Sketch with Steve
Introduction to runway models
Learning how to use a track gauge was one of the first jobs I took on as a model railroader.
You may have seen one hanging next to the cash register at your local DIY store. Maybe in the days of point-and-click trail planning software, you thought it was a step backwards, a waste of time. And while it’s true that software is much more accurate, it can have a frustrating and steep learning curve. There is nothing better than paper and pencil for creating new ideas and seeing what might be possible in your space.
A trail planning template, like the green HO scale in the photo above, helps you turn your sketchy ideas into a buildable trail plan. The dimensions of traceable track components, such as turnouts and crossovers, are generic and do not match the geometry of any particular manufacturer’s components. But the shapes are precise, helping you decide whether your shoelace will work or your garden ladder will accommodate three or four turnouts. And although the model curves are designed to match the shape of the section track components (each curve segment is 30 degrees), even if you plan to use flextrack, following the model curves may allow you to stay honest in a way freehand sketches never could.
For example, to join two straight lines, extend both track axes until they intersect, then position the stencil so that the curve you want to use just touches the two lines without intersecting (the geometry calls that a tangent). Then just draw the curve between the two tangent points. You can do the same with a compass, but with a template it is much easier.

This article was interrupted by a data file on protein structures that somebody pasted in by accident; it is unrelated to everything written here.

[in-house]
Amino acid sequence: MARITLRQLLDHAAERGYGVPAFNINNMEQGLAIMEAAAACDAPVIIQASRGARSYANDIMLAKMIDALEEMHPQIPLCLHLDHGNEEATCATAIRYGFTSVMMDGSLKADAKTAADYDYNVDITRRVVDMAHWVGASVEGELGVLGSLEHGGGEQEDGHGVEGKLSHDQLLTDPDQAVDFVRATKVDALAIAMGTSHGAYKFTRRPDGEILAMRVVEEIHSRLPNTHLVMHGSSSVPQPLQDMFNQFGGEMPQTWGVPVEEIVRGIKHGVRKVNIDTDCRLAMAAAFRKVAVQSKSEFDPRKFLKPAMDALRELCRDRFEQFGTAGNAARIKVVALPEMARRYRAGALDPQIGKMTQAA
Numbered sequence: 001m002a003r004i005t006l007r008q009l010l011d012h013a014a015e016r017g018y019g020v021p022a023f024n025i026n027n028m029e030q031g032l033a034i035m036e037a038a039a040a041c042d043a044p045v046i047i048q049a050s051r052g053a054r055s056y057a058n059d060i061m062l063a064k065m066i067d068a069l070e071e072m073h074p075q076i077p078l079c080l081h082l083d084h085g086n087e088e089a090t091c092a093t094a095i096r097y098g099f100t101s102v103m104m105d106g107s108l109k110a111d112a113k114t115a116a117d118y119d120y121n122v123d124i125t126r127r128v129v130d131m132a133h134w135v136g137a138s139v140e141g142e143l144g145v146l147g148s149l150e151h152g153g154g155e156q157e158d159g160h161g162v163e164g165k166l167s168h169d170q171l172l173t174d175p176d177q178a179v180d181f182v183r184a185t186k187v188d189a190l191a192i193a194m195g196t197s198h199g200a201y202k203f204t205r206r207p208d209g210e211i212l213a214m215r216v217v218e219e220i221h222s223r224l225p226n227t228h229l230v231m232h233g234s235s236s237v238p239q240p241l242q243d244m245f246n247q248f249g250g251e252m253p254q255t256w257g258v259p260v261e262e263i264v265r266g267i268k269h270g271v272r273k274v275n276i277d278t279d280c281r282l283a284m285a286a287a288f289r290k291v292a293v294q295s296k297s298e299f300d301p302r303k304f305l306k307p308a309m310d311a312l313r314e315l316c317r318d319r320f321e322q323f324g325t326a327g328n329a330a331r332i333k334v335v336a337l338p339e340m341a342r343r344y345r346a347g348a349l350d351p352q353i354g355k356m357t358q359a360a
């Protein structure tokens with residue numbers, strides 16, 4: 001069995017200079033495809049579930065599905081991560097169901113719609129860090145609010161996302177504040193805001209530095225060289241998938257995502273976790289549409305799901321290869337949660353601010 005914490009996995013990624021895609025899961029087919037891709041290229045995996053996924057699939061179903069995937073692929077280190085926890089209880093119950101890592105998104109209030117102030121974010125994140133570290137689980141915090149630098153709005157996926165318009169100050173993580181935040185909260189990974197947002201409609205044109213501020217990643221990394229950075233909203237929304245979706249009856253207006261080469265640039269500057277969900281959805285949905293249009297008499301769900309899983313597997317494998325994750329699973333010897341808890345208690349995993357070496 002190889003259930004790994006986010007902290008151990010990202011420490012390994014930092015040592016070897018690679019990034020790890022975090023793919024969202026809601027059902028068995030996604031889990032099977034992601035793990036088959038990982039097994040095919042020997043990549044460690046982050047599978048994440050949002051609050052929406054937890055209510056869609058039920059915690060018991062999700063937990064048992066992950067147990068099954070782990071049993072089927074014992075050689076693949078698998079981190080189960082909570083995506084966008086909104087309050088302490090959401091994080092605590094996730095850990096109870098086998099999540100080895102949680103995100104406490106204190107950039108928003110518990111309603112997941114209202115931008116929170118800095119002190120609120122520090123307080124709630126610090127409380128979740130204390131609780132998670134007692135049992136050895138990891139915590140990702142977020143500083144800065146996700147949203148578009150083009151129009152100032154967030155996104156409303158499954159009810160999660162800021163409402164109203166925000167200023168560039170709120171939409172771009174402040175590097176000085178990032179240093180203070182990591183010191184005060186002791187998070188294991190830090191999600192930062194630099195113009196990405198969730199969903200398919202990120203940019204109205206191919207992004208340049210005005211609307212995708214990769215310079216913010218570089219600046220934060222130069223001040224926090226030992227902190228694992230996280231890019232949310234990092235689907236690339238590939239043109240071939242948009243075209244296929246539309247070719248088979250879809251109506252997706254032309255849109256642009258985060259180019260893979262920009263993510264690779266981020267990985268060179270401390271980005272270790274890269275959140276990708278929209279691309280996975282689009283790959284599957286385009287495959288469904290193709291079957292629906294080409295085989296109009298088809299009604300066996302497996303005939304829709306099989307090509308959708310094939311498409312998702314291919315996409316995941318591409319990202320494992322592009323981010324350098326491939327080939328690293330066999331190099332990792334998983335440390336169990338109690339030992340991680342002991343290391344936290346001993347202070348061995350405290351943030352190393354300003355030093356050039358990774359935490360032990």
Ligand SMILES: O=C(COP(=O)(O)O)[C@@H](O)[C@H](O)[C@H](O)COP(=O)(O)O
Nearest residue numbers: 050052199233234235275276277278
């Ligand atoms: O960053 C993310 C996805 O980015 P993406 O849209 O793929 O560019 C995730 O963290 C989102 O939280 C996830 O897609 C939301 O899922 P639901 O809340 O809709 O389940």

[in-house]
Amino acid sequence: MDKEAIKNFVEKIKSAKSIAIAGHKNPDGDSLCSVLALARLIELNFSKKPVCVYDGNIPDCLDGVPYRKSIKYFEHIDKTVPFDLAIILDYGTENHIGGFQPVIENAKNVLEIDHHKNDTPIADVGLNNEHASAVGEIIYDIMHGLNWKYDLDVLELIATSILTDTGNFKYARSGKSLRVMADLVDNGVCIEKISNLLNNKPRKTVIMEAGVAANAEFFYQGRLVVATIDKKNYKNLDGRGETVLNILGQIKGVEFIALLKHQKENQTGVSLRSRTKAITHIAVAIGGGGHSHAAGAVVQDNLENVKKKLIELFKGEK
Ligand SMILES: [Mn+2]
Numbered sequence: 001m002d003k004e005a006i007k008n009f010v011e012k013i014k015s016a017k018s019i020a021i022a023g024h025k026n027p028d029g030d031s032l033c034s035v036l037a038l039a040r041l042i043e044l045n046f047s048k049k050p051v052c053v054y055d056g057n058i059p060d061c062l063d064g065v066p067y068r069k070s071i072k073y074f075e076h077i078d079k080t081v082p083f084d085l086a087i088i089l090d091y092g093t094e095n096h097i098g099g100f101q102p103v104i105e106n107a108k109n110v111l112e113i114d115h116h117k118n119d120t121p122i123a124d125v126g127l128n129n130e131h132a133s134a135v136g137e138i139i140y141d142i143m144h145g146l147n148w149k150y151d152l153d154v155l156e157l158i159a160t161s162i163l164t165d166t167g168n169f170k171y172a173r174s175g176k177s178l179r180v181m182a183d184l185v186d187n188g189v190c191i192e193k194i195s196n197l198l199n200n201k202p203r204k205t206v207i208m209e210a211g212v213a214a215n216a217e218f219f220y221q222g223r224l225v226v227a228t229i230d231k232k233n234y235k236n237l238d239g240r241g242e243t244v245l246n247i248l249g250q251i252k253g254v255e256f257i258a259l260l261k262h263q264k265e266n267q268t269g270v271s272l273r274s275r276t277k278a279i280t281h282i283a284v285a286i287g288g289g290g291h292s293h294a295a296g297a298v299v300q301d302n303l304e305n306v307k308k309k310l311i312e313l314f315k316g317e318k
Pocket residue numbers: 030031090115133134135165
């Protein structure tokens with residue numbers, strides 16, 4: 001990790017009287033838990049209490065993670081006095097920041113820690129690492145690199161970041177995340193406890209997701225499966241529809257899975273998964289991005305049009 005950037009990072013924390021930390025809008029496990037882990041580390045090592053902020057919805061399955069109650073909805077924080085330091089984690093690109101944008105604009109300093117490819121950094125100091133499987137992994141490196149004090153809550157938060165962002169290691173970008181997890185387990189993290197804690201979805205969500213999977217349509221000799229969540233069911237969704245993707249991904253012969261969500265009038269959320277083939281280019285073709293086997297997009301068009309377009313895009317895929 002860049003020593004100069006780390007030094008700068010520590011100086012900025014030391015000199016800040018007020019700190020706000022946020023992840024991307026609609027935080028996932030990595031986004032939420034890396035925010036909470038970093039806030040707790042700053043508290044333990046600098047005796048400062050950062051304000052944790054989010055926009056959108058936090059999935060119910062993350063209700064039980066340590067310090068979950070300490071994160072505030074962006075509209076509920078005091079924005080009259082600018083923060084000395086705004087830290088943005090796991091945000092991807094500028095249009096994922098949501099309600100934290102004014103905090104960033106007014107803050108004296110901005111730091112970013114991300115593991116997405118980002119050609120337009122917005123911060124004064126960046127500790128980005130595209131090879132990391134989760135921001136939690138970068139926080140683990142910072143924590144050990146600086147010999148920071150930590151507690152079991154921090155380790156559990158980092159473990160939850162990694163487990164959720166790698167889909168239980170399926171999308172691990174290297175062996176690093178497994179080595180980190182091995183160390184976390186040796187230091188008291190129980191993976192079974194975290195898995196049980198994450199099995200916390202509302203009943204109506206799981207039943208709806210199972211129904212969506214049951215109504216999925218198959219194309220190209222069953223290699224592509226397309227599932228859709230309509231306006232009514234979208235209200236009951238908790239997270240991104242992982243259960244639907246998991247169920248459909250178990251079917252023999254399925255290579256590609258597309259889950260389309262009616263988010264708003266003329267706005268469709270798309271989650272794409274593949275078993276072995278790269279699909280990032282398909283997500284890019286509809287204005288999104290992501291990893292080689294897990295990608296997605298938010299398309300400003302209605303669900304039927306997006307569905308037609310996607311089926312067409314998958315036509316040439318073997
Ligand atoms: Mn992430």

To make a smooth, crease-free transition from a curve to a straight line, mark the center point of the curve, then use a ruler to draw a radius from there to the tangent point where the straight line will begin. Then use a square to draw the tangent track at a right angle to the radius. Or, if the corner of your model is not rounded like mine, just use the edge of the model.
To place a gentle curve at the end of a straight track, do the reverse. Draw a guideline at right angles to the straight line, starting from the desired point of tangency, then place the center point of your curve along that guideline.
If you are using long rolling stock, such as intermodal flat cars or modern passenger transport equipment, you may want to make the entry of your curves more gradual with an easement. Just incorporate a wider radius section to start your curve. So that the transition does not bend, make sure that the center point of both curves is along the same straight line, at right angles to the tangent where the curves meet.
Limitations of tracking models
Learning to use a runway model also means knowing its limits. When designing complex tracks like crossings or yard ladders, you may find that the generic turnouts and crossings in the model are not precise enough to know for sure if things will work as intended. This is when you make photocopies of your track components and glue them together to test the fit, or bite the bullet and buy that track planning software. But track planning software has only been around for a little over 30 years, and some of the greatest model trains in history were designed by people like John Armstrong using only paper, pencil and their trusty track model.